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My Parents Won’t Accept Me

This article is the result of a letter to a dear man who requested counseling about the fact that his father will not accept his homosexuality, even after 30 years. His father has told him that he can't be Christian if he is gay. Since this is such a universal problem for us all, I decided to print my response to him, in the hopes that it may help others.

First, there is no way that you are going to change your father's mind about homosexuality. Only the Holy Spirit can do that, so stop trying. Instead, accept that he doesn't accept you, as hard as that is, and then change YOU. I'm not talking about changing your orientation of course. I'm talking about changing your attitude about needing your father's acceptance. We all want to be accepted by our parents, but sometimes that just doesn't happen, so we need to live our lives in the reality of today, not in the hope that someone else will change in the future.

It is my hope that the Holy Spirit will change your Dad, but I don't expect, after 30 years, that it will be the reality. Therefore, pray first that God will give you wisdom every time you interact with your Dad, in everything you say, and everything you do. Do not deny your homosexuality in any way, and do not allow your Dad to judge your Christianity either. That is between you and God, and nobody can rob you of it, no matter what they believe. You have the belief in yourself, and that's what matters.

So while I'm sure that you will continue to pray that God will change your Dad, pray first that God will change YOU to come to an acceptance that things can't always be the way you want them to be.

I would suggest - and only you will know if this is possible - that you may want to ask your Dad to visit my website - the Think We're Wrong? page and bookmark it in case the Holy Spirit moves him to read it sometime in the future.

If your Dad does not have a computer, you may want to print my article called Jesus Loves Me. This I Know For The Bible Tells Me So, or a longer letter from my straight, retired Baptist minister friend, Bruce Lowe, called A Letter To Louise - A Biblical Affirmation of Homosexuality may be more effective since it is coming from a "straight pastor". Also, there is contact information for Bruce, and he LOVES to talk to people about it, so your Dad would have an open invitation if he ever wanted to discuss it with a knowledgeable STRAIGHT Bible scholar.

Having said all that, I do NOT want you to try to talk your Dad into it!!!! I am absolutely convicted that the Holy Spirit works much better when we don't try to do His job. When I got saved, I was absolutely convicted NOT to try to convince my husband that he should be saved, even though I thought it was the only hope for our marriage. I never brought up the subject. I just waited until he would ask a question, and then I'd answer it. He saw such a drastic change in me, that he decided he wanted it for himself, and eight months later, he accepted Christ as his Saviour! It was the change in my actions that convinced him - not anything I said. In fact it was the fact that I DIDN'T say anything, unless he asked me first.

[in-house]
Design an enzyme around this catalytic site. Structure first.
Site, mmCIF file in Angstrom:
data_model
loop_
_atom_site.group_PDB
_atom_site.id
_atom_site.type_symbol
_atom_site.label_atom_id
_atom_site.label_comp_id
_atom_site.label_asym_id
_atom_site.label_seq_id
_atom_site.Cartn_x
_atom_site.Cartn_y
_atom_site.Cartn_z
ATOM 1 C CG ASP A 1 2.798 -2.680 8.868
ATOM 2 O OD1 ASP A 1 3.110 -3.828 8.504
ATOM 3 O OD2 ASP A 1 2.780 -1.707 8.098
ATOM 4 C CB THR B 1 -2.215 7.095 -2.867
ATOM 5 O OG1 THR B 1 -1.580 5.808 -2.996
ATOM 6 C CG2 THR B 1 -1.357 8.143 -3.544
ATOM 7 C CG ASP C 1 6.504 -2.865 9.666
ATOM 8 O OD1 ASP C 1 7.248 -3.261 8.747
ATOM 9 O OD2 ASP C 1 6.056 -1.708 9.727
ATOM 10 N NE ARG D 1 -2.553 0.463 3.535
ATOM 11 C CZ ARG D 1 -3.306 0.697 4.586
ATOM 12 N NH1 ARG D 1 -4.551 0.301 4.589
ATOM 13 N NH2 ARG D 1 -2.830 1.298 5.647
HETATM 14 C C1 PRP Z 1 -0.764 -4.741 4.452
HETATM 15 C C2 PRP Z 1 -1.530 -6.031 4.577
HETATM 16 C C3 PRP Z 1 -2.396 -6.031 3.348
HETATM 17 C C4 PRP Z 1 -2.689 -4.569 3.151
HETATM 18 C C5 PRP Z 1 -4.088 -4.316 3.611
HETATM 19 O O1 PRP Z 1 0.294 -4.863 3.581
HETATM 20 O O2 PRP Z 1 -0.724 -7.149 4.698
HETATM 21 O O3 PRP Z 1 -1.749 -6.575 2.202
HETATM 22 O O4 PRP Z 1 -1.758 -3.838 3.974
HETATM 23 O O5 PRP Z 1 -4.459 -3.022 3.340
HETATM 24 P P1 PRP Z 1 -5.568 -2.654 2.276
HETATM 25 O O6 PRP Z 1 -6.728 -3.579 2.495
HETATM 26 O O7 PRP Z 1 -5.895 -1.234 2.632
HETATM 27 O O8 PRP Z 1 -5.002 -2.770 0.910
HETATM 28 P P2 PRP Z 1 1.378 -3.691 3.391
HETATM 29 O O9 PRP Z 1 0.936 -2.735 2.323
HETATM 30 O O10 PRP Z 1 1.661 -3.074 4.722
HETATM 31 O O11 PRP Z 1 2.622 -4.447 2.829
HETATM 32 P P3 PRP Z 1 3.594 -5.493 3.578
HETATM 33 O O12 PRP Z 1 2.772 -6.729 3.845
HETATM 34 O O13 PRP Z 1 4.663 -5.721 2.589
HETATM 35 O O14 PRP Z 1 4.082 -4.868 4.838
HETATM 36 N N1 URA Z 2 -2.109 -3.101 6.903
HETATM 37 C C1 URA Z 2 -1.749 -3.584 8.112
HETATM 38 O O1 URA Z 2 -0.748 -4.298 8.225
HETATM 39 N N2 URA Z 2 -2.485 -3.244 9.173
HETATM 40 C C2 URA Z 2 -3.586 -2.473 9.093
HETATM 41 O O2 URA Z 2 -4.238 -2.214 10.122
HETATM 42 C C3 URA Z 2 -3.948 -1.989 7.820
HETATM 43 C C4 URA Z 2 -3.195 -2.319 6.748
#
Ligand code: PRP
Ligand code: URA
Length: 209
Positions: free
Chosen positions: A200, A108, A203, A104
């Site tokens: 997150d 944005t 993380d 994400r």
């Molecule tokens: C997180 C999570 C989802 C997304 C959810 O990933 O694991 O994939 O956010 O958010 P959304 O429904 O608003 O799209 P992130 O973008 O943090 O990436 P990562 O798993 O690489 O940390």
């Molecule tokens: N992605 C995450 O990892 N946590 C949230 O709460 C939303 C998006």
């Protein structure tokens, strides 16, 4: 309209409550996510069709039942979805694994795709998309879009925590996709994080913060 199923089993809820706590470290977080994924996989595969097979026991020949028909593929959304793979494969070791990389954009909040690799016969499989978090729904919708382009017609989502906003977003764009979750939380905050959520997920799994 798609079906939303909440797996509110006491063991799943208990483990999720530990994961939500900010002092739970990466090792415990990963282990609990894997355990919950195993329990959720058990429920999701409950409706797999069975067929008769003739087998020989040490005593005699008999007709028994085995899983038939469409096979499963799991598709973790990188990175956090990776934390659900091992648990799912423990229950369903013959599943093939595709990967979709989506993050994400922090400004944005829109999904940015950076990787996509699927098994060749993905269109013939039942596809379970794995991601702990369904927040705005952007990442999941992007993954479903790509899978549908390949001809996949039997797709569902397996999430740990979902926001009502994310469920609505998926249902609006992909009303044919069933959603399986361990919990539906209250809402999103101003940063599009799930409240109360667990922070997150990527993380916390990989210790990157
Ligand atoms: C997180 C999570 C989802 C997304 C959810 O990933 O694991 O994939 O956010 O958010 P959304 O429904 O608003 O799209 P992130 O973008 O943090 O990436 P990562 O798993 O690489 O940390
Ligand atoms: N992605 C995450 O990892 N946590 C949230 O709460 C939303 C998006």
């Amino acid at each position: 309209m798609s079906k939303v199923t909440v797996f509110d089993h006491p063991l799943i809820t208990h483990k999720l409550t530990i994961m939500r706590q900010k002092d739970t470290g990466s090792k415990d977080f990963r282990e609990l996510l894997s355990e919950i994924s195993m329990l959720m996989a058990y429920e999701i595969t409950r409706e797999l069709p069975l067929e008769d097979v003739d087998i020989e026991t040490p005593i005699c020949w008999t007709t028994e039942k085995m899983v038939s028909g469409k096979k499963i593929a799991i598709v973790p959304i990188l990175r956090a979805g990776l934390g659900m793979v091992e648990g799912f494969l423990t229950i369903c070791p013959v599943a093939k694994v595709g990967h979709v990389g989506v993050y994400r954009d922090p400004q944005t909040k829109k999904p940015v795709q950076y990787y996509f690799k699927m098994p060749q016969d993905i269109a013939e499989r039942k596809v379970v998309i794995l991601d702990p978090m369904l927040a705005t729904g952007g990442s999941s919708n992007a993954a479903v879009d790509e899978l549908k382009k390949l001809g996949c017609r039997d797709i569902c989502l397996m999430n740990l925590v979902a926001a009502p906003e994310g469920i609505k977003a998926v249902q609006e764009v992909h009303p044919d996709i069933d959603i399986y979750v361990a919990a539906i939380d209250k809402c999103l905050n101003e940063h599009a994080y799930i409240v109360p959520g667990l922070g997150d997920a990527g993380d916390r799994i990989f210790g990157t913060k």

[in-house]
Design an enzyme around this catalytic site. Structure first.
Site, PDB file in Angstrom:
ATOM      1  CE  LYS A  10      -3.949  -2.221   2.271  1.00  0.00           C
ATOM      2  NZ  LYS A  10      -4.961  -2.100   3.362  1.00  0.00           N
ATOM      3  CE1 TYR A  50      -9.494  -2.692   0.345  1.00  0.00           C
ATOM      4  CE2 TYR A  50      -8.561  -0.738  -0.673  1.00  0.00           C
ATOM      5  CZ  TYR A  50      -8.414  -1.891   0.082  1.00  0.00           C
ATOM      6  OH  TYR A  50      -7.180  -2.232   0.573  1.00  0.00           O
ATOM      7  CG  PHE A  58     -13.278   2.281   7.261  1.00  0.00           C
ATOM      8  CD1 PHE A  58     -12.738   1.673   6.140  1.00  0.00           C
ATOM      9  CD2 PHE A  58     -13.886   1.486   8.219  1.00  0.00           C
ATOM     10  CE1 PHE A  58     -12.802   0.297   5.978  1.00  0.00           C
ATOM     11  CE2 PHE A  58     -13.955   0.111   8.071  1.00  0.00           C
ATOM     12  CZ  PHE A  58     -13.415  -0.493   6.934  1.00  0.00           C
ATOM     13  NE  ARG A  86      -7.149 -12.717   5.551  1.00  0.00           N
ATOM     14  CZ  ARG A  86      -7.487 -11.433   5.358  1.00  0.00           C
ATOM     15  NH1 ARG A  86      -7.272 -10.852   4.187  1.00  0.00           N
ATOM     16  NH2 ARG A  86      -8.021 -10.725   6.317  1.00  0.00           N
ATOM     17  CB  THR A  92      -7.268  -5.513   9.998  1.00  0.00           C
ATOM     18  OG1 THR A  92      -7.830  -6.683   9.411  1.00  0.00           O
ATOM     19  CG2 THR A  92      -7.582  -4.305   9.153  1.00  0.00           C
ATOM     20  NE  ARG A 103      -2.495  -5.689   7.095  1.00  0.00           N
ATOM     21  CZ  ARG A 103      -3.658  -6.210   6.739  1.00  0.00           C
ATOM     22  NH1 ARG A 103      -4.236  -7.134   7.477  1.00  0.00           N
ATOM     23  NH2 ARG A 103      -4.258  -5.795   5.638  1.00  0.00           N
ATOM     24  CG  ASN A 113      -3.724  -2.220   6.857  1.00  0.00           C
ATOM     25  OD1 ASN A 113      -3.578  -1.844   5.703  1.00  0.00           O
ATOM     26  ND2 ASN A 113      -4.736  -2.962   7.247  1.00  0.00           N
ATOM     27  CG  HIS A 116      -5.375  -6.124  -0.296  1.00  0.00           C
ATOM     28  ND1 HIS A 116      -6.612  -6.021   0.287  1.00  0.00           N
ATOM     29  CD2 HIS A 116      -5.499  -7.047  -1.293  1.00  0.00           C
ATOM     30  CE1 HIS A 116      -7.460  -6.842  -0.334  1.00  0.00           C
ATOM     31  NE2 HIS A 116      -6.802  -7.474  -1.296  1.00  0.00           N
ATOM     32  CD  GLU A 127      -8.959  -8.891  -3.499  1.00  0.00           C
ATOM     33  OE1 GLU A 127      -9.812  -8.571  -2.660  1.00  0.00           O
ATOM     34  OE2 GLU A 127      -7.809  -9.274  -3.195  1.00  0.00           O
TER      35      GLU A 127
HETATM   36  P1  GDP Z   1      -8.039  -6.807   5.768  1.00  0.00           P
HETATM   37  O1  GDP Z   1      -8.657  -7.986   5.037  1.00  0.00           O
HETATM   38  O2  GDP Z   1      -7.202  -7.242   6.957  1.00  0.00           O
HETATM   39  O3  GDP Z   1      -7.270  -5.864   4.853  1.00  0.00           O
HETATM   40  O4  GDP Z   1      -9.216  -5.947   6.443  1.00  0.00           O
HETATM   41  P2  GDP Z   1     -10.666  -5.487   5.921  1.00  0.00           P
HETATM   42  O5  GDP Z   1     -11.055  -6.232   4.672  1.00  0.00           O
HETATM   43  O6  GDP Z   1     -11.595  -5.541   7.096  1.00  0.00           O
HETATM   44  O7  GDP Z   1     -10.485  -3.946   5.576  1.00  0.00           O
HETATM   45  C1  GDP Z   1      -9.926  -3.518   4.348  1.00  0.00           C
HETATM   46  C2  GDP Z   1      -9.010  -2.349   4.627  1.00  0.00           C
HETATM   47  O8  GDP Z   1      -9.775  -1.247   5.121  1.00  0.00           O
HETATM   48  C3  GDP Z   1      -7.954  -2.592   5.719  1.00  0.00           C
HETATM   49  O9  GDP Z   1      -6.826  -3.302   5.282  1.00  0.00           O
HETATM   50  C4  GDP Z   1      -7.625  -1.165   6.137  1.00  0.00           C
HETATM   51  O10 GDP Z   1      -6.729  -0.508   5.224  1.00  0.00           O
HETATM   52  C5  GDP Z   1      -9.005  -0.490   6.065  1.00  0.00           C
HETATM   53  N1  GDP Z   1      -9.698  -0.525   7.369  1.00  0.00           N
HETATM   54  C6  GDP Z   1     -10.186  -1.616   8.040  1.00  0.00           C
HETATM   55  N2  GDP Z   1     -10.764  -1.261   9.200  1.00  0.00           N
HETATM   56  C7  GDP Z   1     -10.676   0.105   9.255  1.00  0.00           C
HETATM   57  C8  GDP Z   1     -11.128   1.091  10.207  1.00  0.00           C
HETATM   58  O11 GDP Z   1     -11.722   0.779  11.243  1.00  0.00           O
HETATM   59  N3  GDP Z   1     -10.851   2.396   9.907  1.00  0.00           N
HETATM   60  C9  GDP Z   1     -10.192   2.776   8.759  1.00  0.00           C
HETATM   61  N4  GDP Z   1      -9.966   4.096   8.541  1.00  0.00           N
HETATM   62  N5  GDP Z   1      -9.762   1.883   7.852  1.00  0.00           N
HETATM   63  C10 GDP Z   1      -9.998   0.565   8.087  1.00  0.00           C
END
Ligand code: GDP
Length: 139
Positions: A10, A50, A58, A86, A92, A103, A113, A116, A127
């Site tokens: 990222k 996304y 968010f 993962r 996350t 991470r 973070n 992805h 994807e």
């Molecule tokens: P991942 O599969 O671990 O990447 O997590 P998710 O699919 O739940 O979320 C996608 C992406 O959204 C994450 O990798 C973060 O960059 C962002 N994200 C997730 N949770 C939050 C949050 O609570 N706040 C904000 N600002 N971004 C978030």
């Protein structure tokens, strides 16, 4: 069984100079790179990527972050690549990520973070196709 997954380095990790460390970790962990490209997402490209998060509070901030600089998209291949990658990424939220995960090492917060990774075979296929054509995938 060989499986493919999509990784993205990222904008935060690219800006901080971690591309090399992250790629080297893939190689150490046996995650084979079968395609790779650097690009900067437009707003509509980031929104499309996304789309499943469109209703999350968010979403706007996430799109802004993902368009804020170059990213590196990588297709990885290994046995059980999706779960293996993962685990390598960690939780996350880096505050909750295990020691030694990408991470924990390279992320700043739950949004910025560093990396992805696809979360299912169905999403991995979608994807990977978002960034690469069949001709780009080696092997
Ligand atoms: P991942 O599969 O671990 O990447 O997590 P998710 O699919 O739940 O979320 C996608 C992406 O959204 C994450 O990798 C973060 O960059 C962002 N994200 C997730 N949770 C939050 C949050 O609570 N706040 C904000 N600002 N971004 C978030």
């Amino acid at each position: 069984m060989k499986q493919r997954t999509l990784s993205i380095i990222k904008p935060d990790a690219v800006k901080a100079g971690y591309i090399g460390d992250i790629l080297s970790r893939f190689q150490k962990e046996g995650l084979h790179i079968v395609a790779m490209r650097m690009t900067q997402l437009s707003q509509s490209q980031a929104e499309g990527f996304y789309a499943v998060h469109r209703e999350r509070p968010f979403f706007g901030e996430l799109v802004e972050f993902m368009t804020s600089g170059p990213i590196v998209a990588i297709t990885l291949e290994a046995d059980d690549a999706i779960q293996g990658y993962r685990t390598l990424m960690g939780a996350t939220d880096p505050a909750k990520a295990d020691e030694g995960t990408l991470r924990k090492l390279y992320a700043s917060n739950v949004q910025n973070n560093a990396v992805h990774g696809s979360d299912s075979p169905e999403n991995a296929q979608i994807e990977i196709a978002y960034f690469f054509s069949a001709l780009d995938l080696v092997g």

So don't try to convince your Dad of anything. He won't hear what you're saying anyway, so why increase the tension. You have already made it very clear to him that you're gay and that you're Christian. If he doesn't think that's possible, then that's his issue - not yours.

Give it over to God and totally let go, knowing that God can perform miracles, but whether your Dad ever accepts you or not, God has always loved and accepted you!

Work on your relationship with your Dad from a positive perspective instead of at the point of tension. Work on the good things, and leave the rest up to God. Apologize for treating him the way you did, and clear the air. Don't expect an apology from him. Love him anyway. Treat him with respect, kindness and love whether you think he deserves it or not. Deserving it is not the criteria. The commandment is to love, in all circumstances, and as I say so often - Love is actions, not just words, although it's nice to say the words too. Perhaps after you apologize to your Dad, you might tell him that you love him.

I'm sorry for your plight. You are certainly not unique. Most of us have experienced this rejection from our parents. I was just talking to my gay brother George about it last night at supper, about how he and my Mom were so close, and yet she never accepted his homosexuality. It was heart-breaking for him. It was heart-breaking for me that she never accepted me either, but I wasn't as close to her as he was, so perhaps I didn't need her acceptance as much as he did. So you are not alone. Most of us have been where you are.

If you take nothing else out of this L-O-N-G letter, the bottom line is this:

Leave it with God.
Change YOU.
DON'T try to change your Dad.


by Mary Pearson
Aug 7, 2005